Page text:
Public Matters knows that traffic safety has become more urgent due to the pandemic as people who walk, bike and roll are using streets differently for outdoor recreation. The organization will enhance the project's digital mapping and communication products for community mobilization, education, training, and to promote social cohesion and will also adapt public performances and events for safe distancing.


The Urban Warehouse switched its after-school programming to online, virtual programming. For example, the organization is now using an online “Game of Skate" Zoom program, providing one-on-one tutoring online, and holding digital entrepreneurial workshops. The organization has also been responding to increased need in the community during its Food Bank Fridays.

Celebrating and Learning on Juneteenth

Posted June 13, 2020 by

In honor of Juneteenth this week, and in light of the ongoing fight for racial equality in our country, we wanted to elevate a few educational resources, events, and articles related to this often overlooked holiday. While organizations like Twitter and Square recently adopted Juneteenth as a company holiday, not enough people understand the historical significance of June 19th for Black Americans and descendents of slavery, and some states still do not recognize it as a holiday. As we continue conversations about systemic and structural racism in our city and beyond, we'll be using Juneteenth as an opportunity to educate ourselves further.

If you're looking for historical background on Juneteenth, check out these resources:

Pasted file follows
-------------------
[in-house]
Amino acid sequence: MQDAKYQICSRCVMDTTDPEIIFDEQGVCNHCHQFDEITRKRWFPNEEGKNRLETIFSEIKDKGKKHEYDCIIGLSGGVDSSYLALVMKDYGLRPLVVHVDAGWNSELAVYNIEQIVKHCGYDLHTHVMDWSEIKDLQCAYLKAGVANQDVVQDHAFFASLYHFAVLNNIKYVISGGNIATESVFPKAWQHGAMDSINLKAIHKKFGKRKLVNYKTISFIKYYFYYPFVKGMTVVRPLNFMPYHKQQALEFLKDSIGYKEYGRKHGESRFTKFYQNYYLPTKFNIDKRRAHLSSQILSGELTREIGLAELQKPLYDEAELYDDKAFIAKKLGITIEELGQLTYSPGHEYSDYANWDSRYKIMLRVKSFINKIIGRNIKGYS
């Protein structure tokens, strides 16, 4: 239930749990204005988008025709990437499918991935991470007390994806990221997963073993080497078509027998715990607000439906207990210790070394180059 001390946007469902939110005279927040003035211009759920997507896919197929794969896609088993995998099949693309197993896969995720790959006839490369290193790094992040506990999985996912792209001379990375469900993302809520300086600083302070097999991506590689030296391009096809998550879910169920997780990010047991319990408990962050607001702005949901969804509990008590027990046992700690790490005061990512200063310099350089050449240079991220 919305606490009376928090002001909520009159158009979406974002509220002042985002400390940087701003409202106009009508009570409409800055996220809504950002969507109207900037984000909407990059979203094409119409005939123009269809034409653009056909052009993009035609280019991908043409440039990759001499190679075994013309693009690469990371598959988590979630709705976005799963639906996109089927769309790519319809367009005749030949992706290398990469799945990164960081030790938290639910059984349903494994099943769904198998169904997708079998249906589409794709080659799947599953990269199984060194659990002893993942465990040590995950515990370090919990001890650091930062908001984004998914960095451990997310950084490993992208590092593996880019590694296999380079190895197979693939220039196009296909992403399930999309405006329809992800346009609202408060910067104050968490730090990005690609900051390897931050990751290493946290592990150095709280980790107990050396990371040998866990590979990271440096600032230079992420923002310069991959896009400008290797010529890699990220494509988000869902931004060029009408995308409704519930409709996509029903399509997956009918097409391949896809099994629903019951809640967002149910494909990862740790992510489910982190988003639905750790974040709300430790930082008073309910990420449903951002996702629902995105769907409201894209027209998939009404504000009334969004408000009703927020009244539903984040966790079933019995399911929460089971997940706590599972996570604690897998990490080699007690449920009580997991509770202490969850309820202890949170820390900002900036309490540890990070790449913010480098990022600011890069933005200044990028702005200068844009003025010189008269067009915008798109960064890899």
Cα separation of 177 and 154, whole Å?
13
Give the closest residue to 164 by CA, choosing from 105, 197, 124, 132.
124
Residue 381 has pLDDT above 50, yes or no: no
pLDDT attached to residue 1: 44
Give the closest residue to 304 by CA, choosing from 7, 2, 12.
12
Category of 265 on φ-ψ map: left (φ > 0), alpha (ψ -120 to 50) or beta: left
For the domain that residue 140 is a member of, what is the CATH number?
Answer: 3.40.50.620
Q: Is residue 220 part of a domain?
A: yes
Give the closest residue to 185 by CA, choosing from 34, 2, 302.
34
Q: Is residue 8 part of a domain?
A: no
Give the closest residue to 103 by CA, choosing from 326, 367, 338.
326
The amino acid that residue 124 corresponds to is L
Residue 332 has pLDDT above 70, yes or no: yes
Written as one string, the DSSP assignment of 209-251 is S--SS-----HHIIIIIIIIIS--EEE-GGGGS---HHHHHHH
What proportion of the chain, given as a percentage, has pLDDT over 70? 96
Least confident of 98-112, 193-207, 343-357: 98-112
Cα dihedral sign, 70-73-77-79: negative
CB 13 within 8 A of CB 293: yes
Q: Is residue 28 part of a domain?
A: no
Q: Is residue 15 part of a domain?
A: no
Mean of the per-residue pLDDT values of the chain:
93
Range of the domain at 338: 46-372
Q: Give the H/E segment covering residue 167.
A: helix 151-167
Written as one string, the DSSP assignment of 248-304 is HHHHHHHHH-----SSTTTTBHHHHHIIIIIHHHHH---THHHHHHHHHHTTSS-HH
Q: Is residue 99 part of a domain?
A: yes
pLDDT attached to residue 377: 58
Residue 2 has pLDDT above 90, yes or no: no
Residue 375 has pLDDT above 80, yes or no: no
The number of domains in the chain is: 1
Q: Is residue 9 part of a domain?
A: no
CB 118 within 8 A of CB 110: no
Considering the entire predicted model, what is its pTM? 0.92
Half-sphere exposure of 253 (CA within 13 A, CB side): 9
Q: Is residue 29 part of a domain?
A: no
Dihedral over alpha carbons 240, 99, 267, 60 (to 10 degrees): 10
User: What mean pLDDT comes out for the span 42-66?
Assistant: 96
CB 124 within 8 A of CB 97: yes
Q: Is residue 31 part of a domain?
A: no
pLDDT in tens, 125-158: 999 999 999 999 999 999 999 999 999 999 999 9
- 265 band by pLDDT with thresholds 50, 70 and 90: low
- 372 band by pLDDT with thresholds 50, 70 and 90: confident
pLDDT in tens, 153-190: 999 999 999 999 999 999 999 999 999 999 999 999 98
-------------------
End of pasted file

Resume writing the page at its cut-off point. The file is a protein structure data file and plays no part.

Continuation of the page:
The Historical Legacy of Juneteenth

Nine Things to Know About the History of Juneteenth

What is Juneteenth?

Local Events:

Pies for Justice - Juneteenth Charity Bake Sale

Six Nineteen - Movement for Black Lives Events in Culver City, Thousand Oaks, and more

Juneteenth Community Bicycle Ride - Inner City Cycling Connection

Juneteenth Celebration for Teens with the Los Angeles Public Library - Watts Branch


Books about Juneteenth and the history that follows:

Stony the Road, Henry Louis Gates

Juneteenth, Ralph Ellison

All Different Now, Angela Johnson

We Were Eight Years in Power, Ta-Nehisi Coates


Other Good Reads:

A Juneteenth of Joy and Resistance

You can find more resources to assist Angelenos who are interested in learning more about anti-racism work and taking concrete action in our racial justice resource blog. It includes recommendations for reading and listening, ideas for how to get involved, and "know your rights" information for protesters.

Resources in the fight for racial justice

Posted June 10, 2020 by Team LA2050

The following resources are here to help Angelenos who are interested in learning more about anti-racism and taking action in support of the Black community. We've compiled these resources from our partners in Los Angeles, frontline advocacy organizations, and leaders in the fight for racial justice; we acknowledge that it is not an exhaustive list, but just a start.

If you know of other resources, please submit them through this form. Note: LA2050 is not coordinating the efforts on these lists. We are compiling and amplifying the resources sent to us.


Educate yourself:


Take action:


Know your rights and care for yourself:

A Career With Impact

Posted May 28, 2020 by Amanda Liaw

We are excited to share our conversation with Michael O'Gorman, Executive Director of the Farmer Veteran Coalition (FVC), a national nonprofit that works with veterans to cultivate a new generation of farmers and food leaders. Michael has been farming since 1970 and first began FVC in 2008 out of the back of his pickup truck.

Q: What motivated you to start your career in social impact?